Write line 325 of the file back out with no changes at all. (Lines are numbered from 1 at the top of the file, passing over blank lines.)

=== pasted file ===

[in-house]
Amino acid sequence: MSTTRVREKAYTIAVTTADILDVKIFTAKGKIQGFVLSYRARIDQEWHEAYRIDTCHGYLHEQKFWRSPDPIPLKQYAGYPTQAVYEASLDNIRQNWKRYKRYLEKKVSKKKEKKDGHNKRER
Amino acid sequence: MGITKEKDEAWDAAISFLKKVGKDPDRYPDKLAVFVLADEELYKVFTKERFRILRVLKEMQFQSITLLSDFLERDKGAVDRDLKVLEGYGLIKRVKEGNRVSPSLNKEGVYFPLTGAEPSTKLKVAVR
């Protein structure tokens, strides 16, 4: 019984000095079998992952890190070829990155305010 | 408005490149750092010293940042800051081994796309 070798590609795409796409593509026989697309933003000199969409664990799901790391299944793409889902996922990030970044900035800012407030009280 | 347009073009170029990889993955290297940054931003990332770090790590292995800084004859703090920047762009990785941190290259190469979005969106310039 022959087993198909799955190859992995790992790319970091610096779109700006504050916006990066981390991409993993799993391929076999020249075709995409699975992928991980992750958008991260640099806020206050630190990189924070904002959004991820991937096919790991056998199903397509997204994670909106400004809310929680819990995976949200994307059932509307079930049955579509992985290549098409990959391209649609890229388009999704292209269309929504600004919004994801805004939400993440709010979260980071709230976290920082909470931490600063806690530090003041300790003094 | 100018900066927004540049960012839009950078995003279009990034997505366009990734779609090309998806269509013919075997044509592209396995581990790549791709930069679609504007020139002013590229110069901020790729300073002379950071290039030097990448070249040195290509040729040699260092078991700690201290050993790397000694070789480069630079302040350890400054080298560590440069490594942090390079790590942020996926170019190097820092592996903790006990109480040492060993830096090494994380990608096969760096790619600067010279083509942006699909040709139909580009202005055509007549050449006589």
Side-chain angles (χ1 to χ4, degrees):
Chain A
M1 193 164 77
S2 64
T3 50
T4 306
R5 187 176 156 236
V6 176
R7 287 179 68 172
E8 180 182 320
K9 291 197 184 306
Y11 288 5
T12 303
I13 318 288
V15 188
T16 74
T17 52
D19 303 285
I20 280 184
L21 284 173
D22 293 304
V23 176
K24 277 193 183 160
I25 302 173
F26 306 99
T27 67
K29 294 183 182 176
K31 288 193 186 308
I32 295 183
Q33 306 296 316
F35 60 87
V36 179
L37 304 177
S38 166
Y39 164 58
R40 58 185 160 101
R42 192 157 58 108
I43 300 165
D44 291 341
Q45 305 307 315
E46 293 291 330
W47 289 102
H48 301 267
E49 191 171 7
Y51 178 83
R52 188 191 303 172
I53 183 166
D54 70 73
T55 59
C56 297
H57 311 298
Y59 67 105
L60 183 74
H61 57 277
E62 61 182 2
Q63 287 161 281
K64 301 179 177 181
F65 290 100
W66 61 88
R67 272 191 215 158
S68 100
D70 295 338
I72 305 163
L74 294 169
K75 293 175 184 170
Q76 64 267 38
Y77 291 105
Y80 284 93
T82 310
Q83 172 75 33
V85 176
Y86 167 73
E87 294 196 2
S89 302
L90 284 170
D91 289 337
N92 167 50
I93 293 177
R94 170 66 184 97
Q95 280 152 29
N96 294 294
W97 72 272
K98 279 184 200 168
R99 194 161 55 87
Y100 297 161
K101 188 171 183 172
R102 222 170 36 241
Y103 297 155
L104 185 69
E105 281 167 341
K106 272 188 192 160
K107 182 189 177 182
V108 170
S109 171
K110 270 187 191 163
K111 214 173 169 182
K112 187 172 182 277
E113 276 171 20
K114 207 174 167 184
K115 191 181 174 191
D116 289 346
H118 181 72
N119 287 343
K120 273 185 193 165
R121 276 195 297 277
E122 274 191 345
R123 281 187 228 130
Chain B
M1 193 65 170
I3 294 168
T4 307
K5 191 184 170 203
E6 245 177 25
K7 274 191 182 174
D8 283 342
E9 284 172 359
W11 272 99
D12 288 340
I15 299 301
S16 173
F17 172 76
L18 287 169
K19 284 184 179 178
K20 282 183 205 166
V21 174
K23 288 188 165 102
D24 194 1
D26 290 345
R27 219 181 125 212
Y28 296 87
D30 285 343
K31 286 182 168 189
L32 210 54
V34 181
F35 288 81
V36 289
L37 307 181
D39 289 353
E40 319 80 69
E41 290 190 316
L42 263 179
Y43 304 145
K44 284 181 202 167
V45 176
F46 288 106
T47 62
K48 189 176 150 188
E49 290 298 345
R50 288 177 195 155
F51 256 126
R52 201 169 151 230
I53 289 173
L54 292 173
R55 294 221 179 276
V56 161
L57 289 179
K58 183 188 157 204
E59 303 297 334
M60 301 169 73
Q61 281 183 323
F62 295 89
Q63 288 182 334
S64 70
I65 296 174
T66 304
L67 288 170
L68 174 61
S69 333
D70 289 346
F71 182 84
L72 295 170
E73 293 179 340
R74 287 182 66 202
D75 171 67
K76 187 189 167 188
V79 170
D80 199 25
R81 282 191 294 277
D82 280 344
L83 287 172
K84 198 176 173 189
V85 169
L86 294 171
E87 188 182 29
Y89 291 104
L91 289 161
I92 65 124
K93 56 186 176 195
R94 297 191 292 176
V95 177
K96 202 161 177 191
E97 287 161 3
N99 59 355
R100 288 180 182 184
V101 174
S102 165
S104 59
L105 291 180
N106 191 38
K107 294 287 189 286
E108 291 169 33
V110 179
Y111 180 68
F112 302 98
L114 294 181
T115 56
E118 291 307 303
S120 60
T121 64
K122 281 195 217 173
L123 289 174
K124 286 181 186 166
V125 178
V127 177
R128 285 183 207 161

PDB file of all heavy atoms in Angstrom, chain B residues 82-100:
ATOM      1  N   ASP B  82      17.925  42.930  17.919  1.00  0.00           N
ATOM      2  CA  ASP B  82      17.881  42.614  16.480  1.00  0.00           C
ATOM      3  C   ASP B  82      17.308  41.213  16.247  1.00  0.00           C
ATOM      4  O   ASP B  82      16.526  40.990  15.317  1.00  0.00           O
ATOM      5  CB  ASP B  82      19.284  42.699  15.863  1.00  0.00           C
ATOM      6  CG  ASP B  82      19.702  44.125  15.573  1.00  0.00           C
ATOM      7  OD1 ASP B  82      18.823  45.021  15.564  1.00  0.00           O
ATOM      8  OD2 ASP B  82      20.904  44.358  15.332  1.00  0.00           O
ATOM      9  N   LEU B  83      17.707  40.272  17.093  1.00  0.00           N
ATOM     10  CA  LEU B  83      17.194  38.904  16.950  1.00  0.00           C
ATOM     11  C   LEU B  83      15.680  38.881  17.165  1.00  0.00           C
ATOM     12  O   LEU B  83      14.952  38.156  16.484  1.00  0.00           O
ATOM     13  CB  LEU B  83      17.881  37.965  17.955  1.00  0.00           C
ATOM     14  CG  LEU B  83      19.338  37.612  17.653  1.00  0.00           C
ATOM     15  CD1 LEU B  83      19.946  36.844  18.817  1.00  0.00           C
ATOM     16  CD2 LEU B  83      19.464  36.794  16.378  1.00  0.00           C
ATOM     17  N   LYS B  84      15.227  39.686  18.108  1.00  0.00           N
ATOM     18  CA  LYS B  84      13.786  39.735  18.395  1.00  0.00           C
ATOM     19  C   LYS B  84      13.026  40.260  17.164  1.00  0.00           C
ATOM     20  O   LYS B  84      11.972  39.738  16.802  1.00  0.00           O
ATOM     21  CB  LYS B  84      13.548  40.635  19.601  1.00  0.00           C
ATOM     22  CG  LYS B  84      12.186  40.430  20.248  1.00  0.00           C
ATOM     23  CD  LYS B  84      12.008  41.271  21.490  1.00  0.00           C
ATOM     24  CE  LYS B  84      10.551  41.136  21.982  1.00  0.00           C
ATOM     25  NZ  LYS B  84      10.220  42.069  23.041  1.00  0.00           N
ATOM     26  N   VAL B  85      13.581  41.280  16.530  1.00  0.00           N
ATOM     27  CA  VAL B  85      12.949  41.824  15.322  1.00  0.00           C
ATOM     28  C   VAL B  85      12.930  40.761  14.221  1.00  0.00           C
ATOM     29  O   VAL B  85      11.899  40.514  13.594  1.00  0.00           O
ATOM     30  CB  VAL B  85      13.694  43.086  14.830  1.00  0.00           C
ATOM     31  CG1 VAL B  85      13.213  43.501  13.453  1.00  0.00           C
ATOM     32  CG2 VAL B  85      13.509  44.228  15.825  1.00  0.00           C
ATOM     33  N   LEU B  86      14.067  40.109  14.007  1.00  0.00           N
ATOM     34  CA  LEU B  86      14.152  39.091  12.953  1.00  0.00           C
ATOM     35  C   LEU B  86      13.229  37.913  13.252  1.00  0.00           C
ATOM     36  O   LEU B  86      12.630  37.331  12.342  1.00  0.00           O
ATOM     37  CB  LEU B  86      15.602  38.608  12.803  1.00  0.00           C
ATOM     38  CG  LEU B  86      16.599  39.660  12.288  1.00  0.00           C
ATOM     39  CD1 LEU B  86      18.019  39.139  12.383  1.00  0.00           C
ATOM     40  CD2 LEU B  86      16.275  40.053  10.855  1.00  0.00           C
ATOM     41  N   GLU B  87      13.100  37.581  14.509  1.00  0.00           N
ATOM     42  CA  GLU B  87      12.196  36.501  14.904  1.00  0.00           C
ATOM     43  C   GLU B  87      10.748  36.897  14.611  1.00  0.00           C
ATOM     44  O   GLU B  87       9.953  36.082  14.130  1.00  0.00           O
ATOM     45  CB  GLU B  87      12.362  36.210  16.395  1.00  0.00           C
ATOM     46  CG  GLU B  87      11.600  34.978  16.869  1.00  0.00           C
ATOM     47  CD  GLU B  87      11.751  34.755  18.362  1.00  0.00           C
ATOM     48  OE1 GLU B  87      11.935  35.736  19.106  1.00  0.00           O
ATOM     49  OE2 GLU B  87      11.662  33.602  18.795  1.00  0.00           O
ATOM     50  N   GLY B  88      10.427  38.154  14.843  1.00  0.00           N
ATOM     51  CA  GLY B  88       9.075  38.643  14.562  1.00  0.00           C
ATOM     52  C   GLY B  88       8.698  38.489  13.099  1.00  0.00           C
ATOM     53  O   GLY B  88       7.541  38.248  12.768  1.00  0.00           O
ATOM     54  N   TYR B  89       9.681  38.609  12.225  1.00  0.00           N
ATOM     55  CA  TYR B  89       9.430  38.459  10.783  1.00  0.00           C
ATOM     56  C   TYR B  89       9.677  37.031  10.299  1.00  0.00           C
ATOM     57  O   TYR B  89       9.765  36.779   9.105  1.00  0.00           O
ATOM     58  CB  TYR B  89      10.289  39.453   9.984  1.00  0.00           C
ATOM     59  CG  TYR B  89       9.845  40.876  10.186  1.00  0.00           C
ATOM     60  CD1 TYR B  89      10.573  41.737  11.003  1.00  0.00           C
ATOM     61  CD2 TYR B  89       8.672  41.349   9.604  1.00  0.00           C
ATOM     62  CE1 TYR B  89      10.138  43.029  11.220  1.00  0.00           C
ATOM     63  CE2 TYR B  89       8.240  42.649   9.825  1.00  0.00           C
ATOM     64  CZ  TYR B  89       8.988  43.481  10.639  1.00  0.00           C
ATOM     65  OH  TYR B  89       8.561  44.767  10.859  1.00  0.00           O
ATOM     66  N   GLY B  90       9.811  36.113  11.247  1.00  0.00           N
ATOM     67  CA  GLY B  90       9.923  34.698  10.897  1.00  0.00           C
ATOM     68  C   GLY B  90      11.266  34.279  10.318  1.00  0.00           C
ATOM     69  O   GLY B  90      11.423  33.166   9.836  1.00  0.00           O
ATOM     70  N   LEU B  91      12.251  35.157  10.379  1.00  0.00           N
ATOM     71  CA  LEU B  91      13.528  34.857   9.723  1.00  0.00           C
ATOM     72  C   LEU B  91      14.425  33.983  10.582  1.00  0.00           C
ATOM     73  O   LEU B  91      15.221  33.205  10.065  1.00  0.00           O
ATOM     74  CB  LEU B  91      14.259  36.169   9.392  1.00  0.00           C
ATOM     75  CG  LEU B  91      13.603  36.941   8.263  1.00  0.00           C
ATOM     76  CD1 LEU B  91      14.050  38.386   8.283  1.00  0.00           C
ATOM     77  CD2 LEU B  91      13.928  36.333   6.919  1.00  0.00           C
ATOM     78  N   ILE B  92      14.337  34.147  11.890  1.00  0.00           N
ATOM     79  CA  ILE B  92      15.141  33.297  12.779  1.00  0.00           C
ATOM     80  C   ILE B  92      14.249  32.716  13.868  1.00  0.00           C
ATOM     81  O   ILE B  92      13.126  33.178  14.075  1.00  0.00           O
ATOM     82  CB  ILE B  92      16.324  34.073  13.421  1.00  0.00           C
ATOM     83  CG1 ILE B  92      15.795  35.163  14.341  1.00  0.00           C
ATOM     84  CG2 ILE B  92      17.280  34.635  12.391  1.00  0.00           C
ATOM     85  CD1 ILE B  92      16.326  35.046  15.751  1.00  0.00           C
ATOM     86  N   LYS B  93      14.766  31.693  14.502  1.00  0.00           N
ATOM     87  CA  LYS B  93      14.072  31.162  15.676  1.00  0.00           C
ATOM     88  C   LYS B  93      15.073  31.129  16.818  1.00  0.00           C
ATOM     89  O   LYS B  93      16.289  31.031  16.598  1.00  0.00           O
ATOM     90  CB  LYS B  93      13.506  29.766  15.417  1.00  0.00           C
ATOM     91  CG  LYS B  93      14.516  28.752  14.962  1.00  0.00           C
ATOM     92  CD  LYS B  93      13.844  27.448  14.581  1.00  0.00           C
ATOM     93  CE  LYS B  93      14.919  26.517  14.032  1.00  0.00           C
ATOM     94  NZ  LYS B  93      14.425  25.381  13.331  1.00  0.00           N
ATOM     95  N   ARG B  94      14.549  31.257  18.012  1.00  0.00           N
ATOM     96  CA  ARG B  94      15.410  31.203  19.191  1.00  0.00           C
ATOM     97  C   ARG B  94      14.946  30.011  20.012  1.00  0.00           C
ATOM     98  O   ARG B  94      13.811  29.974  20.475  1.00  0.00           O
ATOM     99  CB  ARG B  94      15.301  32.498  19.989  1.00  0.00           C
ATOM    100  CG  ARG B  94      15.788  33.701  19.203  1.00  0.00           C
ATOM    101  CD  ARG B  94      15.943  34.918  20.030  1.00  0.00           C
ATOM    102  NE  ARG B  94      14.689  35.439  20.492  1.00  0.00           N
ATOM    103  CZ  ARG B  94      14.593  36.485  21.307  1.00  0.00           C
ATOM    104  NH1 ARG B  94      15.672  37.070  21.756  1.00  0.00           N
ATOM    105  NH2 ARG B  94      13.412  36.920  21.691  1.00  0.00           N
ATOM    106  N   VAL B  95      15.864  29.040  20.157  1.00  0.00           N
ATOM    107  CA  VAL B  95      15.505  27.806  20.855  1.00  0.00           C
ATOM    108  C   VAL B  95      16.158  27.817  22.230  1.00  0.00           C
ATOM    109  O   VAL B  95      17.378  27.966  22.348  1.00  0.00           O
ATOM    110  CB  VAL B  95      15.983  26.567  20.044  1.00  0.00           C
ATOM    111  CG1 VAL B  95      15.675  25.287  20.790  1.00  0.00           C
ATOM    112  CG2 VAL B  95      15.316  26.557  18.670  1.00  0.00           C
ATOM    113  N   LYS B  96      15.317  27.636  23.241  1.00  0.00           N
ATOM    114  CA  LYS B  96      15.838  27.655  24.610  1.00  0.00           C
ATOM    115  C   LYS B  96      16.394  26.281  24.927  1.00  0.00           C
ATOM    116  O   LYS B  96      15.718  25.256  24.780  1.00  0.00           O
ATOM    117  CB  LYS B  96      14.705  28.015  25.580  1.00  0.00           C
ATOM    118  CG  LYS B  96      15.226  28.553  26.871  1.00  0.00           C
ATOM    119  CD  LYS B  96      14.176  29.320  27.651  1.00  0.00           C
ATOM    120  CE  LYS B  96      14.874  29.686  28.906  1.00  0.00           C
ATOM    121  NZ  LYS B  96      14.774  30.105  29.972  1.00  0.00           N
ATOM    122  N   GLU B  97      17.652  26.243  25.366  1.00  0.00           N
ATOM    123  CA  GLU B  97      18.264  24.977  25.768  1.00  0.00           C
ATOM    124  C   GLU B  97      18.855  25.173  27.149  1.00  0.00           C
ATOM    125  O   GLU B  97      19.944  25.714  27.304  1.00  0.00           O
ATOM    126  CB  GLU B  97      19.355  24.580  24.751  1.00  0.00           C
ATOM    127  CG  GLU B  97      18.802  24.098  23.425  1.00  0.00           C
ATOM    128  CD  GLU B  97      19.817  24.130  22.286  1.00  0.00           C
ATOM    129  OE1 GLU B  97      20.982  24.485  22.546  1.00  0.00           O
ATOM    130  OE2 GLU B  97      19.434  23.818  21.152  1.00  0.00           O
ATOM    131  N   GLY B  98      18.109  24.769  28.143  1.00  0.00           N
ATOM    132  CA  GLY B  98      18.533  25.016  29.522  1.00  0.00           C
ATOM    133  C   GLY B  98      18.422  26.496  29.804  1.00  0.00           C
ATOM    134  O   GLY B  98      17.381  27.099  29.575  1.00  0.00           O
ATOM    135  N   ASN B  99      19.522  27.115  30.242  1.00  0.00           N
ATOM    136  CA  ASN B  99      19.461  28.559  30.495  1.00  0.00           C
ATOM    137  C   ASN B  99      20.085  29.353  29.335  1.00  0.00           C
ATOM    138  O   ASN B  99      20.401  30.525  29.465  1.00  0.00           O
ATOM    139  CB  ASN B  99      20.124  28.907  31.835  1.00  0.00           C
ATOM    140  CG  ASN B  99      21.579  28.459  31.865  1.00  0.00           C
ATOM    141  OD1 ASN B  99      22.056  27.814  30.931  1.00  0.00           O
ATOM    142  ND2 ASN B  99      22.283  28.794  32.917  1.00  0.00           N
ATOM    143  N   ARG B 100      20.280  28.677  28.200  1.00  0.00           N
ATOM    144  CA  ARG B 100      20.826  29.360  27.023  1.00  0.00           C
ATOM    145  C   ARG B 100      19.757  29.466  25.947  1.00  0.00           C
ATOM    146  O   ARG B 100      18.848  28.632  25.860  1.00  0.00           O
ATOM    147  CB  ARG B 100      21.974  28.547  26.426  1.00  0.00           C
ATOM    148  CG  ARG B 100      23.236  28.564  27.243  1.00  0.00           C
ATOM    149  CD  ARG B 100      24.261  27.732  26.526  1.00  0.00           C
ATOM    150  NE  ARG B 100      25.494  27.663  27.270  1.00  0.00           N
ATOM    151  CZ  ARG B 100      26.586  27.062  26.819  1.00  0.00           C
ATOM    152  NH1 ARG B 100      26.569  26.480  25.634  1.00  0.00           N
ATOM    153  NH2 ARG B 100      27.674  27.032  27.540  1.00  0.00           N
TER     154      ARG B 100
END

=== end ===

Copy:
ATOM    105  NH2 ARG B  94      13.412  36.920  21.691  1.00  0.00           N